BUT the case has already been rejected once
A crowdfunded judicial review case will be heard for the second time next month, adding to an ever-longer list of Brexit-related challenges in the national and EU courts.
The case of Susan Wilson & Ors v The Prime Minister, to be heard on 7 December, focuses on the official Vote Leave campaign and whether breaches of election rules relating to the campaign’s funding means the referendum is null and void. The case has already been refused by the High Court earlier this year but campaigners are having another go.
The claimants, led by one Sue Wilson, a Spain-based British retiree, argue that since the summer when the UK’s Electoral Commission found that Vote Leave had exceeded its spending limit, the PM should have acted on that information in relation to Brexit.
The Wilson case is the latest law-based attempt to stop Brexit from going ahead as the courts witness a plethora of judicial review applications not only on the referendum itself but also on the implications of Brexit.
Everyone remembers the Supreme Court’s Miller case from December 2016 when the top court found that a parliamentary vote was needed to trigger Article 50.
Many other applications are rumbling through the courts, including a cross-party group of Scottish MPs who have brought a petition on whether or not the UK referendum can be unilaterally revoked. Supported by the Good Law Project, this case has managed to secure itself a hearing at the European Court of Justice (CJEU) later this month, and has been tipped as “the case that could decide the fate of the nation” by Jolyon Maugham QC, founder of the Good Law Project.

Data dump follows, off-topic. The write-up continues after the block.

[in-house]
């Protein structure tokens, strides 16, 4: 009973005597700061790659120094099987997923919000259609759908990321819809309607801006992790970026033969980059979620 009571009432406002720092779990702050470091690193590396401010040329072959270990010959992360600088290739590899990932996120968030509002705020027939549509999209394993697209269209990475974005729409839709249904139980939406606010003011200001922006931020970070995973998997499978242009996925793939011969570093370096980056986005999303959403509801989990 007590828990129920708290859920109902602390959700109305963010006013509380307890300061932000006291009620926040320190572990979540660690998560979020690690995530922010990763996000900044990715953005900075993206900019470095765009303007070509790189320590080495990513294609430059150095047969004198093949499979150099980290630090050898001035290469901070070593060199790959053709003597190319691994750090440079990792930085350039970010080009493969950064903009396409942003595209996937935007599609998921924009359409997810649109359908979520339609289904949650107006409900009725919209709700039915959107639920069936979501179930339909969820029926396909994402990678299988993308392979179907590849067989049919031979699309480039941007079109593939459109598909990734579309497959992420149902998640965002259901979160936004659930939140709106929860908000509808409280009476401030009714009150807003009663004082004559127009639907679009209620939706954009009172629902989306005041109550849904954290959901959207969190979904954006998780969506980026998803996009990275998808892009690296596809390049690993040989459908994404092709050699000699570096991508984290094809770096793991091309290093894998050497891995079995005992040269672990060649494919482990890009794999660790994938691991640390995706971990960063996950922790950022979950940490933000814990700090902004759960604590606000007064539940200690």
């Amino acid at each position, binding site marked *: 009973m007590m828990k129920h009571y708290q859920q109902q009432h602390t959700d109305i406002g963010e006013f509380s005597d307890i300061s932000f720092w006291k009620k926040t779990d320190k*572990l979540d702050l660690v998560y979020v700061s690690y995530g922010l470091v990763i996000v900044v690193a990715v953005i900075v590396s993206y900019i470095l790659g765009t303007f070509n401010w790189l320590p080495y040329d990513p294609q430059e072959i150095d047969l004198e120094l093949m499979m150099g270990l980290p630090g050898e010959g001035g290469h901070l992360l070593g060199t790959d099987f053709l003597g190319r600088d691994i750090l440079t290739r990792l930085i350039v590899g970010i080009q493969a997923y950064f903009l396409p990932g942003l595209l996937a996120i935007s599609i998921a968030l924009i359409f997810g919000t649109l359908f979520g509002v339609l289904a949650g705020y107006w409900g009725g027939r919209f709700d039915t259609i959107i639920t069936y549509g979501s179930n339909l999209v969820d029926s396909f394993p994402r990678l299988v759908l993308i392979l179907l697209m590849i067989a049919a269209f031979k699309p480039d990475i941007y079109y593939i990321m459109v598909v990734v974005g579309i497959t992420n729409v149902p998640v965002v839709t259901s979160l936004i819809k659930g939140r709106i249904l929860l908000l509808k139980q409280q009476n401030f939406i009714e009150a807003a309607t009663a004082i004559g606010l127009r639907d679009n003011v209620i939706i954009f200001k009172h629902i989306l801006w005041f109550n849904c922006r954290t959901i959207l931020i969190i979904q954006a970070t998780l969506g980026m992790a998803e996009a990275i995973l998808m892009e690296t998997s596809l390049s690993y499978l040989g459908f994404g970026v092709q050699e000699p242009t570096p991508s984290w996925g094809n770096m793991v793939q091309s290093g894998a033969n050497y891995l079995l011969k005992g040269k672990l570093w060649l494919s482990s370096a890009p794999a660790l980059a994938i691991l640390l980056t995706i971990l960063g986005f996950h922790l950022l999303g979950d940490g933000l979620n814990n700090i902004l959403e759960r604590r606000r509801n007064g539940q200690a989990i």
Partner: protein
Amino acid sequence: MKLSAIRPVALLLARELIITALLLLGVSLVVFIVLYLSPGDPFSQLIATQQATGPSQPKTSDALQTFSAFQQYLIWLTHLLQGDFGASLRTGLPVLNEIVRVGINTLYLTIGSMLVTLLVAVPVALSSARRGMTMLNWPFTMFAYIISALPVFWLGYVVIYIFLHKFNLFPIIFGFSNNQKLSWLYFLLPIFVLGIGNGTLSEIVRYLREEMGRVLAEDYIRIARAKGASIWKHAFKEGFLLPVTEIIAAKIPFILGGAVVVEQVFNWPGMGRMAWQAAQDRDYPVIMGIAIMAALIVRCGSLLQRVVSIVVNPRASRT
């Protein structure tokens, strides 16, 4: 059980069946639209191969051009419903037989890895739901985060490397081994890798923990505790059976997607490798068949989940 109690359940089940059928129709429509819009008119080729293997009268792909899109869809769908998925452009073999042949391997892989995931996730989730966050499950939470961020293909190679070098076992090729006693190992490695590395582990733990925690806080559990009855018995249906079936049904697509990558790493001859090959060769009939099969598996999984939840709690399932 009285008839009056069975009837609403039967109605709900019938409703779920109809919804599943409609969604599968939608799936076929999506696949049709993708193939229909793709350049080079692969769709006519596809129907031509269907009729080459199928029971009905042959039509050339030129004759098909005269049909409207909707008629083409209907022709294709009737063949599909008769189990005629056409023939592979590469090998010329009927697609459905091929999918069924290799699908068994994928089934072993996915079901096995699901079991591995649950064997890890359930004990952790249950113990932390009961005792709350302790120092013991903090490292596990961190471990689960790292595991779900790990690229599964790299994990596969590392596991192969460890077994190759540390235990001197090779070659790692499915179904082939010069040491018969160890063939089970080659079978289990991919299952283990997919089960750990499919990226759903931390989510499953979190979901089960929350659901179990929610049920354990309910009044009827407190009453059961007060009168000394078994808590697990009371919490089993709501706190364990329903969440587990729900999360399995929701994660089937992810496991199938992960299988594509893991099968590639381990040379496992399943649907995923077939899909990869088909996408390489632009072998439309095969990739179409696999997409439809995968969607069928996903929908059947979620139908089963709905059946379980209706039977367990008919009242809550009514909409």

Other cases have been not quite so successful. For instance, a case brought by one Elizabeth Webster argued that the UK parliament had not been properly consulted about leaving the EU. Lord Justice Gross declared the case “hopeless” and “totally without merit”. He added: “[it is] difficult to conceive of a challenge more detrimental to the conduct of a major issue of national and international importance, whatever political view is taken of the merits or demerits of Brexit”. Ouch.
As ever in these Brexit cases, sharp legal minds are keen to get involved. The claimants in the Wilson case have a counsel team of five (all working on a conditional fee arrangement) including two QCs, Patrick Green QC of Henderson Chambers, Jessica Simor QC of Matrix, and an Oxford Law professor, Pavlos Eleftheriadis. Full details of their arguments can be read on the Crowdjustice website.
Legal Twitterati member Adam Wagner from Doughty Street Chambers is also on the advice team. He told Legal Cheek that the Wilson claim is not only about Brexit but is highlighting the fact that election campaigns which break the rules are bad for democracy:
“This is not only a Brexit case, it is about the integrity of the democratic process,” he said
As Brexit continues to swamp the political agenda, it looks as if it is swamping the court lists too.
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